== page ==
Understanding the genetic basis of pathogen susceptibility in various crop plants is crucial to increasing the stability of food, feed, and fuel production. Varietal differences in defence responses provide insights into the mechanisms of resistance and are a key resource for plant breeders. To explore the role of salicylic acid in the regulation of defence in cacao, we demonstrated that SA treatment decreased susceptibility to a pod rot pathogen, Phytophthora tropicalis in two genotypes, Scavina 6 and Imperial College Selection 1, which differ in their resistance to several agriculturally important pathogens. Transient overexpression of TcNPR1, a major transcriptional regulator of the SA-dependent plant immune system, also increased pathogen tolerance in cacao leaves. To explore further the genetic basis of resistance in cacao, we used microarrays to measure gene expression profles after salicylic acid (SA) treatment in these two cacao genotypes. The two genotypes displayed distinct transcriptional responses to SA. Unexpectedly, the expression profle of the susceptible genotype ICS1 included a larger number of pathogenesis-related genes that were induced by SA at 24 h after treatment, whereas genes encoding many chloroplast and mitochondrial proteins implicated in reactive oxygen species production were up-regulated in the resistant genotype, Sca6. Sca6 accumulated signifcantly more superoxide at 24 h after treatment of leaves with SA. These experiments revealed critical insights regarding the molecular differences between cacao varieties, which will allow a better understanding of defence mechanisms to help guide breeding programmes.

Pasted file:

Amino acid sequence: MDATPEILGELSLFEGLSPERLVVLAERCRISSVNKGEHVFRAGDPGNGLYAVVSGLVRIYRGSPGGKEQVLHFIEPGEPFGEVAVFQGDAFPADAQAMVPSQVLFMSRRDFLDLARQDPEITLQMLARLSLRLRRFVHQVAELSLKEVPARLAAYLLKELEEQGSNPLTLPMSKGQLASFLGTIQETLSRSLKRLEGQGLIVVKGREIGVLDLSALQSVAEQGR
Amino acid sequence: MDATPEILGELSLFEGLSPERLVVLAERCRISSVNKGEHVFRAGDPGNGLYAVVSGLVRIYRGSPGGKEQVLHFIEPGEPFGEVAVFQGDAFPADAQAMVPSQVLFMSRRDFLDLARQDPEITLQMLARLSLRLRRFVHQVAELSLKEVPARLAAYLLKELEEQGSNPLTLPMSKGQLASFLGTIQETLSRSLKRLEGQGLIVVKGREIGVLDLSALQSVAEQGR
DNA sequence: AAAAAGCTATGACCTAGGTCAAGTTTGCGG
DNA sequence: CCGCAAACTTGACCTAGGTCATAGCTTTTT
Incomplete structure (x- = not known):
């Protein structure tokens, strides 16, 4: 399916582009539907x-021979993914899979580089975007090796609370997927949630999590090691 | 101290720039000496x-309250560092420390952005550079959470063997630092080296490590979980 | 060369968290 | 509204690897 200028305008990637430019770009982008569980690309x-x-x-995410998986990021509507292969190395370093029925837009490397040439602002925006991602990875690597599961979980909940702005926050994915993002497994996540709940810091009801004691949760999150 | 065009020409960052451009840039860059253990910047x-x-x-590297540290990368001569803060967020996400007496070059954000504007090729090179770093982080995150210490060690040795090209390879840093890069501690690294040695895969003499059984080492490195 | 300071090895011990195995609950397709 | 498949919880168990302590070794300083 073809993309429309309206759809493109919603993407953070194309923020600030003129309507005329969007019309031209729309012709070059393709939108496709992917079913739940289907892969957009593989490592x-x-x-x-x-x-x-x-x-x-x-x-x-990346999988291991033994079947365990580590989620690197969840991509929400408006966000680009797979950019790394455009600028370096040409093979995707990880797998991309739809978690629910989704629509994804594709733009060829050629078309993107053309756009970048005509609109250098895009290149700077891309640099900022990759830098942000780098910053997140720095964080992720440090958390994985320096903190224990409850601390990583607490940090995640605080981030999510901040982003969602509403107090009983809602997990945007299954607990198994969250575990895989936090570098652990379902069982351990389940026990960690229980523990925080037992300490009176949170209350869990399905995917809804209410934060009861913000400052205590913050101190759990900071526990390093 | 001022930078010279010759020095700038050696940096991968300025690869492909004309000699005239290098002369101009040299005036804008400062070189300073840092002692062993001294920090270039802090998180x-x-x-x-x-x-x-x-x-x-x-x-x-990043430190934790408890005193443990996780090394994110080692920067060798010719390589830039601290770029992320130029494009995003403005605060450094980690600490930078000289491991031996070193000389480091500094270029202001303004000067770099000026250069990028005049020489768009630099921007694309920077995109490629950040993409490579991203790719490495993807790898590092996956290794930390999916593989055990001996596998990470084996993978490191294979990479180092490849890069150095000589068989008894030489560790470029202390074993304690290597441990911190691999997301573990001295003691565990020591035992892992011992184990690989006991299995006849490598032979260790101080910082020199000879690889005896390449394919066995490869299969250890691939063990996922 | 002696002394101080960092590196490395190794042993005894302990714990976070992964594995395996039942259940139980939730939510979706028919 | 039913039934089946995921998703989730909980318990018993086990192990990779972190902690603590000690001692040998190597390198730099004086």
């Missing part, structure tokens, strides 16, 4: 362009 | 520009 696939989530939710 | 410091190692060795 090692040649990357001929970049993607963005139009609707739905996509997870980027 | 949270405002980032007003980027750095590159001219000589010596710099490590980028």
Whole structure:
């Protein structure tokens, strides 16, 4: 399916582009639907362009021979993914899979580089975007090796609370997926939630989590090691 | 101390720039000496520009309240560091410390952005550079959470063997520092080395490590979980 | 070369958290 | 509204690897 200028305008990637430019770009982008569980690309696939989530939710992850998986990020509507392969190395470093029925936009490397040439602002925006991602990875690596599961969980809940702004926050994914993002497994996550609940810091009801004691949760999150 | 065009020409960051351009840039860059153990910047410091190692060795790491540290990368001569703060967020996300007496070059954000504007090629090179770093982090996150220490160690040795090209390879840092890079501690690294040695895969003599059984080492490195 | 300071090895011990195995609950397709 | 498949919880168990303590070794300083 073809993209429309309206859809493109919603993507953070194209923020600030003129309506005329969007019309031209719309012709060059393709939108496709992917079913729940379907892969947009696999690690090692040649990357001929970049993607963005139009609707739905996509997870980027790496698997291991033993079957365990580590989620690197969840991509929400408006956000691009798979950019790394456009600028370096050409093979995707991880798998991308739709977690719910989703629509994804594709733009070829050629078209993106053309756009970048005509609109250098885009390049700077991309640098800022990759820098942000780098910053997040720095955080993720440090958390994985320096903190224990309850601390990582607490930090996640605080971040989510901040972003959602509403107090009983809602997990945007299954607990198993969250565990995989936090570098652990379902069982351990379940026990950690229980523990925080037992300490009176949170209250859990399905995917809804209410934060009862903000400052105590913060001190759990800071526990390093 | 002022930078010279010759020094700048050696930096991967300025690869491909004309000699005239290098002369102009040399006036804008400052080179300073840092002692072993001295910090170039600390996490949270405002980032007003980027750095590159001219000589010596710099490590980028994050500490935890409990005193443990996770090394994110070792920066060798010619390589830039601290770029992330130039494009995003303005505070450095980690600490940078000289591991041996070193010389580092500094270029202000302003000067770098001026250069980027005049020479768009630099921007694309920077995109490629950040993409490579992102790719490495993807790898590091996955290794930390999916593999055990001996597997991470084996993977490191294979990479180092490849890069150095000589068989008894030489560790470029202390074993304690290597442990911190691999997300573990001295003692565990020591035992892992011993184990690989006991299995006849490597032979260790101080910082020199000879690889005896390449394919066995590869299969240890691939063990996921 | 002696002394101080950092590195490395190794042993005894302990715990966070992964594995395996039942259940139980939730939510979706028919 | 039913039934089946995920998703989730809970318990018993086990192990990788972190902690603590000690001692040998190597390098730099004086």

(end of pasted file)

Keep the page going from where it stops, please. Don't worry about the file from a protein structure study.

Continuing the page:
All Science Journal Classification (ASJC) codes
- Plant Science